The Mind Of Lucas Fails

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It’s official: George Lucas has proven that he has lost his mind. Or, perhaps more correctly, his mind is so bereft of any good ideas that it is just not worth exploring any further. His newest fantasy film- which he billed as “From The Mind of George Lucas“- has earned a distinction is in it’s second week that no film ever wants to see. Strange Magic broke records as having the lowest box office ticket sales ever for a film in major release. To put this in perspective, this film opened lower than the previous worst animated film openings for The Wild Thornberrys Movie (2002) and Quest for Camelot (1998), making Lucas’ mind-film the worst animated film of all time.

Strange Magic also has the unenviable honor of no becoming the 7th-worst opening for any film playing in 3000+ theaters. It is also the lowest gross take for any animated film ever opening into 3000+ theaters, but over one-half million dollars. The total take for the LucasFilm turkey- only 5.5 million dollars. This seems to prove the thesis that the Prequels were not a fluke and that his last good idea was letting someone else direct The Empire Strikes Back.

Disney obviously knew Lucas’ film was going to be a turkey as they did not even announce the film they inherited when they bought LucasFilm until the very last minute. Releasing this film may have even been a quid quo pro for Disney’s buying the studio; some say that George wanted this film out in wide release and LucasFilms sale was contingent on that. Disney hid this film at Touchstone for distribution, an outlet it uses to hide animated films it has very little faith in.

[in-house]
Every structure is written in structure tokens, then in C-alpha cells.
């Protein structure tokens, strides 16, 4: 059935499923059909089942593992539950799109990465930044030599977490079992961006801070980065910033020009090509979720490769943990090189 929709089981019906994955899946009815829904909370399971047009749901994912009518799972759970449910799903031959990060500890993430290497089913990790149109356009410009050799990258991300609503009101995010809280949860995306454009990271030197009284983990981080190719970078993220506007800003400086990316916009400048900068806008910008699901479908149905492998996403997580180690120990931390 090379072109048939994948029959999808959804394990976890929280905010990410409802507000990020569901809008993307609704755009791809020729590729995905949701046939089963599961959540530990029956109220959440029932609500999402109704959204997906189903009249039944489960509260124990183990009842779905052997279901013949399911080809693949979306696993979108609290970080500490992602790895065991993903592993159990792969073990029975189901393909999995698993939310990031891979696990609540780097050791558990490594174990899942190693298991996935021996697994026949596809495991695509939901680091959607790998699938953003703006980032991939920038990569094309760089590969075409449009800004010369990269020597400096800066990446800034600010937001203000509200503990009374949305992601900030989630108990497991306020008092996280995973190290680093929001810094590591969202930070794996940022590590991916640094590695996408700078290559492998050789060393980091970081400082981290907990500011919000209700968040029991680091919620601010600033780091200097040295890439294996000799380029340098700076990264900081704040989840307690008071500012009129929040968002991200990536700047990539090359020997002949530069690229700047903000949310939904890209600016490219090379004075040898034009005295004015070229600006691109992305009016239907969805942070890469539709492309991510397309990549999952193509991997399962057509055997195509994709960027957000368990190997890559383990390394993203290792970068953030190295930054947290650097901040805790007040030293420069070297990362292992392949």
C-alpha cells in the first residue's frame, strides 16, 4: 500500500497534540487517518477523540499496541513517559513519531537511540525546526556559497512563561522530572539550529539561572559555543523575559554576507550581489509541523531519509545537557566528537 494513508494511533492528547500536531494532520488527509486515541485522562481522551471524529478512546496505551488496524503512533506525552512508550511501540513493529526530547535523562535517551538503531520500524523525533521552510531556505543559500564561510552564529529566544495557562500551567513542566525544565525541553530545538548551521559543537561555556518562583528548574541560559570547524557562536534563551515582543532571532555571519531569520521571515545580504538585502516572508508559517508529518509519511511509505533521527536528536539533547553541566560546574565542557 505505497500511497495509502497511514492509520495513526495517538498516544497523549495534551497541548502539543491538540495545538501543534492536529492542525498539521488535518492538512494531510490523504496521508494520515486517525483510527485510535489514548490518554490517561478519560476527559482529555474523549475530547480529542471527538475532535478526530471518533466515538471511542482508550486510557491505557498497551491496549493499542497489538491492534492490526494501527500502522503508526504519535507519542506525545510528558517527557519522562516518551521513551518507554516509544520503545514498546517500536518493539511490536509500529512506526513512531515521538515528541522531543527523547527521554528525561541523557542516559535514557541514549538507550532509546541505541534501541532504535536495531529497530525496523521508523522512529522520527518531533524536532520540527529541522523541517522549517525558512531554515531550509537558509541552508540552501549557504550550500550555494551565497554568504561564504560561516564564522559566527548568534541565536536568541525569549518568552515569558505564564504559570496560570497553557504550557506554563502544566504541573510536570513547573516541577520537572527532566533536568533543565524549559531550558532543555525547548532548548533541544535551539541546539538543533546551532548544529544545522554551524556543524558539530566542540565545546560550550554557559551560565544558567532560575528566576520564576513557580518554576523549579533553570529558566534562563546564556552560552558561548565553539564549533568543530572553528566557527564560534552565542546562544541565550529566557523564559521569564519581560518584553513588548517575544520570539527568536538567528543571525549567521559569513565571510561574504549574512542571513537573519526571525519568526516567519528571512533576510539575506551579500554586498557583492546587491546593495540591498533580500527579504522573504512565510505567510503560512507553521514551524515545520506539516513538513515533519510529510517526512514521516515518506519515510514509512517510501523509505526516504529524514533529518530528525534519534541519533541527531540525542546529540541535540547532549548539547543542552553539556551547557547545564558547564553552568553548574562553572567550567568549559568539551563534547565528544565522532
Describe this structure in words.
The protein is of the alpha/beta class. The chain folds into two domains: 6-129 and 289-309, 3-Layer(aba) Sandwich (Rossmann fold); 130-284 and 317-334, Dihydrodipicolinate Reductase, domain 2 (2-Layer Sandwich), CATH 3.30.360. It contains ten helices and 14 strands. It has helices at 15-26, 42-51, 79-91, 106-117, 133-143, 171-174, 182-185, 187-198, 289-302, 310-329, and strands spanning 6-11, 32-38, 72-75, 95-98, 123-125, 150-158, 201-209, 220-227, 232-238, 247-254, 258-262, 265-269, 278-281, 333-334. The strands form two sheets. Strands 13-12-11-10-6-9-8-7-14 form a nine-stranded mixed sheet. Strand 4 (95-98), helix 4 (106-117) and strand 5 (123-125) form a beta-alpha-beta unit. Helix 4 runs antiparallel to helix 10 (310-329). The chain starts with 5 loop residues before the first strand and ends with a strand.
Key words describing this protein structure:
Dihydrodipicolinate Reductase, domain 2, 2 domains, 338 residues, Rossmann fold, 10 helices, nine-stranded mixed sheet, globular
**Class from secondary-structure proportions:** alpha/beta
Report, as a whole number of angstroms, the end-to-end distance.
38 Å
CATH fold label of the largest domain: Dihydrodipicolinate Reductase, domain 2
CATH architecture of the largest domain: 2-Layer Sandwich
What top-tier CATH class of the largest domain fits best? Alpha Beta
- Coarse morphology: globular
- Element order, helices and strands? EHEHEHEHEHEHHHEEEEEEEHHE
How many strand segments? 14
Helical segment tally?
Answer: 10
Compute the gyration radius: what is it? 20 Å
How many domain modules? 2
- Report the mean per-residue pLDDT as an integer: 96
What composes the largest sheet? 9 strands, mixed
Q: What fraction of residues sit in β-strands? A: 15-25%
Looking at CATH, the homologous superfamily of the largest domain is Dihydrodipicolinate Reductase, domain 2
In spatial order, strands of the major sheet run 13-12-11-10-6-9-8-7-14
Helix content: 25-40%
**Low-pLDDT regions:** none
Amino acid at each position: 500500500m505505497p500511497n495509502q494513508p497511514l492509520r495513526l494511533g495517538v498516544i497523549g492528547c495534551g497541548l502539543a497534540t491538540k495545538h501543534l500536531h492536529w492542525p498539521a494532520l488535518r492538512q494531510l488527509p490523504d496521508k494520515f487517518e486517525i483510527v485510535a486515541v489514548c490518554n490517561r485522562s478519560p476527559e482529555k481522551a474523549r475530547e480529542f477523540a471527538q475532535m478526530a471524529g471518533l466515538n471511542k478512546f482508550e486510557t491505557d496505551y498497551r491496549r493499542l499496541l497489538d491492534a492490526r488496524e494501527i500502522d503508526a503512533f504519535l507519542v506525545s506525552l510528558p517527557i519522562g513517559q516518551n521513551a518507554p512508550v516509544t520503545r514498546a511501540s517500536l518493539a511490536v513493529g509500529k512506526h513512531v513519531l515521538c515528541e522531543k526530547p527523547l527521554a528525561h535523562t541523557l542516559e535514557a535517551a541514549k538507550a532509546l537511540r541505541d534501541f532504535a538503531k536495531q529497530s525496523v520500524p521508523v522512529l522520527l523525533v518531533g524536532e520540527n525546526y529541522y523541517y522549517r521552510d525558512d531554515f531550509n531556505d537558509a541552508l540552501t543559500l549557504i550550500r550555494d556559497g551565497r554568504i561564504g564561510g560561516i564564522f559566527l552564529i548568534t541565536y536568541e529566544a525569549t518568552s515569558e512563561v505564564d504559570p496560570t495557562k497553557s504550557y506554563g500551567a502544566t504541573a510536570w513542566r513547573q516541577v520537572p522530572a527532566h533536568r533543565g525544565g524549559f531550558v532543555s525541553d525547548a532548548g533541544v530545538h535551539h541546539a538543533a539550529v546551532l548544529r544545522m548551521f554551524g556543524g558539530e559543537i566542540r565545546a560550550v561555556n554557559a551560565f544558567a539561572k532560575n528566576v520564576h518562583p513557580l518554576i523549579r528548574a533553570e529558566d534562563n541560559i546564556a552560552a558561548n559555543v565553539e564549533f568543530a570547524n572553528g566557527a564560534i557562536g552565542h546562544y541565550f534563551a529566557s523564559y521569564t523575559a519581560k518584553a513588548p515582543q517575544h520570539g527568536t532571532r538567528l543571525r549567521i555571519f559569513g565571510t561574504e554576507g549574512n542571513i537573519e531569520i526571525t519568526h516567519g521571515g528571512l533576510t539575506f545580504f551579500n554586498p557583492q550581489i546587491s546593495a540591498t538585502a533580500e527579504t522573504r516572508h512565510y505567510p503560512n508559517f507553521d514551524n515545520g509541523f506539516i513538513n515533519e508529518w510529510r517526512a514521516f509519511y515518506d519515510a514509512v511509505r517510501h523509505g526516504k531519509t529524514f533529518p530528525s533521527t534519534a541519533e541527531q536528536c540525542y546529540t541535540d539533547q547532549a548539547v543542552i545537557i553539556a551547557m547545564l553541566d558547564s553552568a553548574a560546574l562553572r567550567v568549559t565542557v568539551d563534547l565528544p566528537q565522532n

Lucas is said to have worked on this film for the last fifteen years, as a labor of love. He said, “Star Wars was for 12-year-old boys; I figured I’d make one for 12-year-old girls.”

By all accounts, the animation is incredibly well realized. Modeling, lighting and textures push the envelope of computer animation. The acting itself left much to be desired; it can be rather hard to expect decent acting for the one-dimensional characters in this film. The story plodded along predictably, and reminded us more of the direct-to-video Barbie series than the heir apparent to the Star Wars franchise. A film, no matter how beautiful cannot carry the lack of an engaging and intelligent storyline.

Another animated film, Paddington, is in it’s second week of release and placed third overall over the weekend. It beat Strange Magic handily with 12.4 million in ticket sales.

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